Nissan Maxima vs. Toyota Avalon

By

Automotive Editor

John Diether has been a professional writer, editor, and producer since 1997. His work can be found on TV, radio, web, and various publications throughout the world.  He is a graduate of Northwestern University and has a 1992 Cadillac Brougham d’Elegance in his garage. 


, Automotive Editor - October 24, 2018

Buyers who want an upscale sedan without paying a brand premium have two long-running choices: the Nissan Maxima and Toyota Avalon. The Maxima has always been the sportier of the two, while the Avalon has concentrated on passenger comfort, though a 2019 redesign brought a more aggressive design. That distinction still stands, but not to the degree we remember. The Maxima is plusher than ever, and the Avalon is at the peak of its performance. Now that these sedans have more in common, which emerges as the better buy?

See a side-by-side comparison of the Maxima & Avalon»

What the Maxima Gets Right

The Maxima looks as lean and aggressive as a sedan of its size can. The modern interior features plenty of technology and quality trim – the mood is clearly more sophisticated here than in even the best family sedans. Handling remains the Maxima's strongest suit. It's eager to carve a path through twisty roads and exceptionally responsive in everyday driving. The suspension settles down nicely when long stretches of highway are on the route.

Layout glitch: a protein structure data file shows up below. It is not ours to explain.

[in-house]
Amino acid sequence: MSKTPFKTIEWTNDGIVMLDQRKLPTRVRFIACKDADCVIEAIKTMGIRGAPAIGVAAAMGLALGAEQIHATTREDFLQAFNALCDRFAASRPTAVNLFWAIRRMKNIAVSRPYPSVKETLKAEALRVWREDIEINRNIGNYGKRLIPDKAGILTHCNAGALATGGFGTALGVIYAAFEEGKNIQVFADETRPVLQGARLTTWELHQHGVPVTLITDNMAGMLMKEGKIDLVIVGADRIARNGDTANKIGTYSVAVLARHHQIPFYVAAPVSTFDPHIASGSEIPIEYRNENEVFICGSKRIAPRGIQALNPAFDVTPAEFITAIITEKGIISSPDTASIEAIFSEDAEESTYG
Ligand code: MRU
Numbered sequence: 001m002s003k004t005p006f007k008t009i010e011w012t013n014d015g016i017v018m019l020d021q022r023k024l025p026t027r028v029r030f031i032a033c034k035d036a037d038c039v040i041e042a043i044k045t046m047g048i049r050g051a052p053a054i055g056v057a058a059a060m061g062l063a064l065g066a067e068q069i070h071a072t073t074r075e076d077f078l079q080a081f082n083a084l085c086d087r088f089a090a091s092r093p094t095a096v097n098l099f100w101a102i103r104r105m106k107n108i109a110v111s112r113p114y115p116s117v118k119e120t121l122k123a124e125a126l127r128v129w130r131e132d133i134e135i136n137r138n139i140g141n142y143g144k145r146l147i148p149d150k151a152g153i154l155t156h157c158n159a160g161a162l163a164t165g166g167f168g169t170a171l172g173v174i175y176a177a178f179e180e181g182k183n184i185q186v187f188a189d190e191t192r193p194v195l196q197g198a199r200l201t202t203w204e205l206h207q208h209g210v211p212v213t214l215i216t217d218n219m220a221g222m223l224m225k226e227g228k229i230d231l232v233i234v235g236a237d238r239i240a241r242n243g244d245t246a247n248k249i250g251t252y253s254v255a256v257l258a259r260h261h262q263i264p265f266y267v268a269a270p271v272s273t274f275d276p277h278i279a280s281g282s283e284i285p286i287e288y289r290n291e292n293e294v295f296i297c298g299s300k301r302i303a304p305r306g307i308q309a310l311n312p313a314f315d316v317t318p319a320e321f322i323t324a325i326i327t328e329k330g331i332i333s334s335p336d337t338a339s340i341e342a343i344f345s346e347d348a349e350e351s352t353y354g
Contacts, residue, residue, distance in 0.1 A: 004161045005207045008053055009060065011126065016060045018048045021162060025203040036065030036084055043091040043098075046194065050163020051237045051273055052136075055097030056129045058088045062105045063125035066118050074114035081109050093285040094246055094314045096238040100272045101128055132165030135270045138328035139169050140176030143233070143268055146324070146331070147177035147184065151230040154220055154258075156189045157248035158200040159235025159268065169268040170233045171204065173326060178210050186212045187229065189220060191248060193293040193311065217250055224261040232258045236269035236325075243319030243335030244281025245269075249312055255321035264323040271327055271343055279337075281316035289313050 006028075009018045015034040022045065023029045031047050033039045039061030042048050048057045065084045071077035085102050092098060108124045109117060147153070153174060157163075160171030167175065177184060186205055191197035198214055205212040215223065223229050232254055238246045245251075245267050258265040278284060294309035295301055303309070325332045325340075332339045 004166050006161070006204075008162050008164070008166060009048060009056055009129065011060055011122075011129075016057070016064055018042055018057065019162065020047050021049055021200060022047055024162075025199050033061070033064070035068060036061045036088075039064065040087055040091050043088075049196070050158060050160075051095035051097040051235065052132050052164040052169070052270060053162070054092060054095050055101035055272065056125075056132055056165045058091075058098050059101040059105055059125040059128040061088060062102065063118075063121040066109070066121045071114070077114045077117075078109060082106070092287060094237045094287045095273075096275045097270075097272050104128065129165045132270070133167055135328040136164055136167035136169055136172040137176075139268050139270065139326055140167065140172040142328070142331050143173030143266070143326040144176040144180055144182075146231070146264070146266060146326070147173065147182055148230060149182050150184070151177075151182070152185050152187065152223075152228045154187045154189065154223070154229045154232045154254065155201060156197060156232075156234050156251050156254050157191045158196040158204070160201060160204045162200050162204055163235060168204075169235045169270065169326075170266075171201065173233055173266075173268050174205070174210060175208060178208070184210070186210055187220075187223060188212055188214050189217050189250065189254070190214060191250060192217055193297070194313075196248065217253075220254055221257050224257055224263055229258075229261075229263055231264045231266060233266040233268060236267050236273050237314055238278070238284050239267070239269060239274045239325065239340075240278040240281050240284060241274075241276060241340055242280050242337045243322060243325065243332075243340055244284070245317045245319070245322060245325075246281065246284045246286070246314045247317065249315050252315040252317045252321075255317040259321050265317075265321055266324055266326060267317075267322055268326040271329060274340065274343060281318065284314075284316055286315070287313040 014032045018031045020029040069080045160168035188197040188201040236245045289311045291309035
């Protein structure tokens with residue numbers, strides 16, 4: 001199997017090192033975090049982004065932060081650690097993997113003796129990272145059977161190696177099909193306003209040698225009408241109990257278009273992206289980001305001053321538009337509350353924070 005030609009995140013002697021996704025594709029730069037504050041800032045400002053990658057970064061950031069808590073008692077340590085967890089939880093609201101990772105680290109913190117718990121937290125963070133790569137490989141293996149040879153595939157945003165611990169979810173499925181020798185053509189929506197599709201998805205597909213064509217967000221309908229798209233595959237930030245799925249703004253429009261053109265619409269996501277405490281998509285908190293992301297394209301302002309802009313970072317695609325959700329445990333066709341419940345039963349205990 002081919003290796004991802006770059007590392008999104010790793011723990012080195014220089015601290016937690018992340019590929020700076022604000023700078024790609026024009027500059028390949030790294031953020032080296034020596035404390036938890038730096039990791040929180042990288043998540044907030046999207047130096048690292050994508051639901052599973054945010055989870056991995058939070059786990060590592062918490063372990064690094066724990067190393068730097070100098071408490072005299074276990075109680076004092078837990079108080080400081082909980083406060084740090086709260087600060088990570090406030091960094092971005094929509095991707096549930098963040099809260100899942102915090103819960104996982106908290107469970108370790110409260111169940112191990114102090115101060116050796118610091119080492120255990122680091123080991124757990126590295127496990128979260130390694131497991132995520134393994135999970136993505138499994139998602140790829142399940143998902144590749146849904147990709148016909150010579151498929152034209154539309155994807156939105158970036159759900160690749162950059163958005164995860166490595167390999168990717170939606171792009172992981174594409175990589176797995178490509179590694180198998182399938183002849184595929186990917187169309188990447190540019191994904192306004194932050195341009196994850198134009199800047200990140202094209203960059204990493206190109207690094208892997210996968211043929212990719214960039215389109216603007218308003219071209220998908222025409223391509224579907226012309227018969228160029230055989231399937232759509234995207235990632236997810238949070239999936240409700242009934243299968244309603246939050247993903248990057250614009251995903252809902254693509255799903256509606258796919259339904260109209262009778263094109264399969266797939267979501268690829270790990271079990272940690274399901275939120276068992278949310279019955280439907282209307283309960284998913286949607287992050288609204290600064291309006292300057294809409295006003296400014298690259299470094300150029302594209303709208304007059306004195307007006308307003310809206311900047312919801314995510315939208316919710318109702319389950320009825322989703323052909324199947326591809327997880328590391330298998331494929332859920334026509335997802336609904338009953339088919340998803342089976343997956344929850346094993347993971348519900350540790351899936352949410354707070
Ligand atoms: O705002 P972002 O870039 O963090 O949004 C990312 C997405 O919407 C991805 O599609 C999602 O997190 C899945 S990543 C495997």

The 3.5-liter V6 engine sends 300 horsepower and 261 pound-feet of torque to the front wheels. The continuously variable automatic transmission quietly pours on the power when asked. It's responsive and smooth at the same time, a good match for the Maxima's sport-luxury ambitions. The EPA rates this setup at 21 miles per gallon city, 30 mpg highway, and 25 combined.

What the Avalon Gets Right

The Avalon has been redesigned for 2019 with emphasis on projecting a more youthful image. The body is more aerodynamic than before, defined by sharp angles and a wide mesh grille. The Avalon still looks like a buttoned-down sedan, but it certainly isn't dowdy.

Buyers can be assured of full-size comfort and a plush ride. A touring suspension is used on some trim levels for those who might otherwise find the Avalon too cushy for their taste.

The 3.5-liter V6 now makes 301 hp and 267 lb-ft of torque, and is paired with an eight-speed automatic transmission. The Avalon is rated at 22/31/25 mpg (city/highway/combined). We still consider the Avalon much more of a cruiser rather than a sport sedan, which seems like the right approach for a car of this size.

What Matters More?

The Maxima gives buyers an extra dose of performance that's likely to be appreciated every time they get behind the wheel. The Avalon might not be as responsive, but it's no slouch, and really excels in comfort and rolling smoothness.

Our Verdict: Toyota Avalon

The Avalon can put passengers to sleep without doing the same to the driver.

Take a closer look at the Nissan Maxima »

Take a closer look at the Toyota Avalon »

Side-by-side comparison of features, pricing, photos and more!

, Automotive Editor

John Diether has been a professional writer, editor, and producer since 1997. His work can be found on TV, radio, web, and various publications throughout the world.  He is a graduate of Northwestern University and has a 1992 Cadillac Brougham d’Elegance in his garage. 


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